Inflation Conversion Factors for years 1774 to estimated 2023, in dollars of recent years
by Robert Sahr
For some charts, users of non-Internet Explorer web explorers might have to use the “open link target in IE” option or equivalent. However, revised graphs will be provided in pdf format so should be accessible to users of all web browsers.
Revised February 20, March 25, April 25, April 30, May 8, and May 15, 2013 for the materials listed immediately below, reflecting final 2012 CPI (2.29594 in dollars of 1982-84) and OMB and CBO inflation estimates through 2023.
THE FOLLOWING HAVE BEEN REVISED TO REFLECT FINAL 2012 CPI and inflation estimates:
- 2012 inflation conversion factors in the individual year section
- 2012 inflation conversion factors in the download section
- one set of graphs in the graphs section. The revised graphs show trends in inflation-adjusted price levels, national government outlays and revenues, gross domestic product, and the minimum wage. Data are for all or part of years 1774 to 2012, though, for example, the minimum wage began in 1938.
- A brief introduction, available here, to US national government budget concepts, including data, links, and suggestions for understanding the budget. It is best examined by using it with the set of graphs shown immediately above.
- a second set of graphs, showing presidential and congressional pay, 1789-2012, also in the graphs section
- A table (available in Excel and pdf formats) shows detailed categories of national government spending as percent of total national government outlays and as percent of gross domestic product (GDP) for budget year 2012, the most recently completed budget year, available here (Excel) and here (pdf). For comparison, another table presents the same information for budget year 2012 and also for budget years 2000 (the final Clinton year), 1988 (the final Reagan year), 1976 (the final Nixon-Ford year), and 1964 (the final budget year before the beginning of Medicare). That table is available here (Excel) and here (pdf).
- Updated conversion factors for years 1774 to estimated 2023 have been loaded in the "download conversion factors" section (link at top right), in both Excel (*.xls) and pdf versions. These data now include the "chained inflation series" because of its current political interest.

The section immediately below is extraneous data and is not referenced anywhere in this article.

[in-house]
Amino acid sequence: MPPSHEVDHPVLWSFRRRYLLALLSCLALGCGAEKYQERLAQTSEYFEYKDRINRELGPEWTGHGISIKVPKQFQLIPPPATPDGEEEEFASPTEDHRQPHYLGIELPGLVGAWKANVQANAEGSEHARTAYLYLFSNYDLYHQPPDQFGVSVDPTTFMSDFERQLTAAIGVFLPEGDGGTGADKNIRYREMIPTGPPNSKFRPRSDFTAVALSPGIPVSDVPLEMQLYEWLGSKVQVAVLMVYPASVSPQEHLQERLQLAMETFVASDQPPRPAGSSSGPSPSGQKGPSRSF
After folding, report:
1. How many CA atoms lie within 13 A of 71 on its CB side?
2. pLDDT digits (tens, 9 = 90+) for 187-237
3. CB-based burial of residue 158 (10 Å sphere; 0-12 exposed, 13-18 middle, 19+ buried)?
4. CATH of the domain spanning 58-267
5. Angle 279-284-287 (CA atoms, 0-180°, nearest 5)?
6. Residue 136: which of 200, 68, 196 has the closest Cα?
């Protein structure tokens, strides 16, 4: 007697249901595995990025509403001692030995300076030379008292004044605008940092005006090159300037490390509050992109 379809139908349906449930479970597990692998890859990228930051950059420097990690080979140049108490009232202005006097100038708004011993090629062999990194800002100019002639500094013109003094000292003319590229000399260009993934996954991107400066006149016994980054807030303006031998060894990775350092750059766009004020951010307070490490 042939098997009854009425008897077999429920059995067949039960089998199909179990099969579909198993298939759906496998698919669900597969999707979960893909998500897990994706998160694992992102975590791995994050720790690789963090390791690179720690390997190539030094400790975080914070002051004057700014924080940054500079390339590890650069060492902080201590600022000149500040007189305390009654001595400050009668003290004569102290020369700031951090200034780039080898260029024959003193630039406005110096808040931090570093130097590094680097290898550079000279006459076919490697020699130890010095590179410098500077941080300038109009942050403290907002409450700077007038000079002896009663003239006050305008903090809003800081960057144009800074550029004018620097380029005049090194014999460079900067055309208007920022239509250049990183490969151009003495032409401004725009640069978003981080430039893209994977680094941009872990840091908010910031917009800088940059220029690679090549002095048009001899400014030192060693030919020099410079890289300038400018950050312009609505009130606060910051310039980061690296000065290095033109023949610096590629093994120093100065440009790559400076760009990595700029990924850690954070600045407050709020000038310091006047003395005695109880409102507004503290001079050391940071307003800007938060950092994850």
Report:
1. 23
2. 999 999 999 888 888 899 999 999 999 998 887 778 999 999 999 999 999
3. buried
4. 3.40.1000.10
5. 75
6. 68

- A graph showing comparison of yearly price changes using three inflation measures--the CPI-U, the CPI-U-RS (research series), and the "chained" CPI--is available here. The "chained" CPI is included because of its recent political importance.
Consumer Price Index (CPI) conversion factors to determine the value of dollars of 1774 to estimated 2022 in dollars of 2012 (estimated), 2011, 2010, 2009, 2008, 2007, 2006, 2005, 2004, 2003, 2002, 2001, 2000, 1999, 1998, 1997, 1996, 1995, CPI (1982-84), and two special CPI measures, CPI-U-X1 (starting 1950), and CPI-U-RS (starting 1947).
To ease understanding of the value of dollar figures over time, the materials on this page “re-base” the official CPI from its current base (1982-84 average = 1.000) to dollars of more recent years (for example, 2012 = 1.000).
All inflation conversion factors use year-to-year inflation, not December-to-December inflation. Final 2012 CPI is from Bureau of Labor Statistics, http://www.bls.gov/cpi/data.htm, "All Urban Consumers (Current Series)," January 2013. Note: The early 2012 estimate for 2012 CPI was 2.293, sightly lower than the actual 2012 CPI. Early 2012 inflation estimate (OMB and CBO average) for that year was 1.9 percent; actual 2012 inflation was 2.1 percent.
INFLATION ASSUMPTIONS: Inflation conversion factors for 2013 and later years assume 1.85% in 2013, 2.05% in 2014, 2.15% in 2015 and 2016, 2.20% in 2017, and 2.25% in each year 2018 through 2023. These are averages of OMB and CBO inflation estimates as of January (CBO) and April (OMB) 2013.
CAUTIONS: These use CPI year to year average data rather than December to December. In 2011, for example, the December 2010 to December 2011 inflation was 3.0 percent while the year-to-year average inflation was 3.2 percent.
Note also that these are calendar year CPI data. In the tables that use these data to calculate inflation-adjusted budget data, the difference between calendar year and federal budget year (October 1 to September 30 starting 1976, July 1 to June 30 in earlier years) will slightly affect the results. However, because these slight offsets are the same for all years, the effects probably are minimal.
However, these differences suggest that inflation-adjusted budget and economic data from other sources (for example, the Bureau of Economic Analysis) might not match these data directly.
Conversion Factor Tables
|Individual Year |
Conversion Factor Tables
|Graphs: Visual Displays|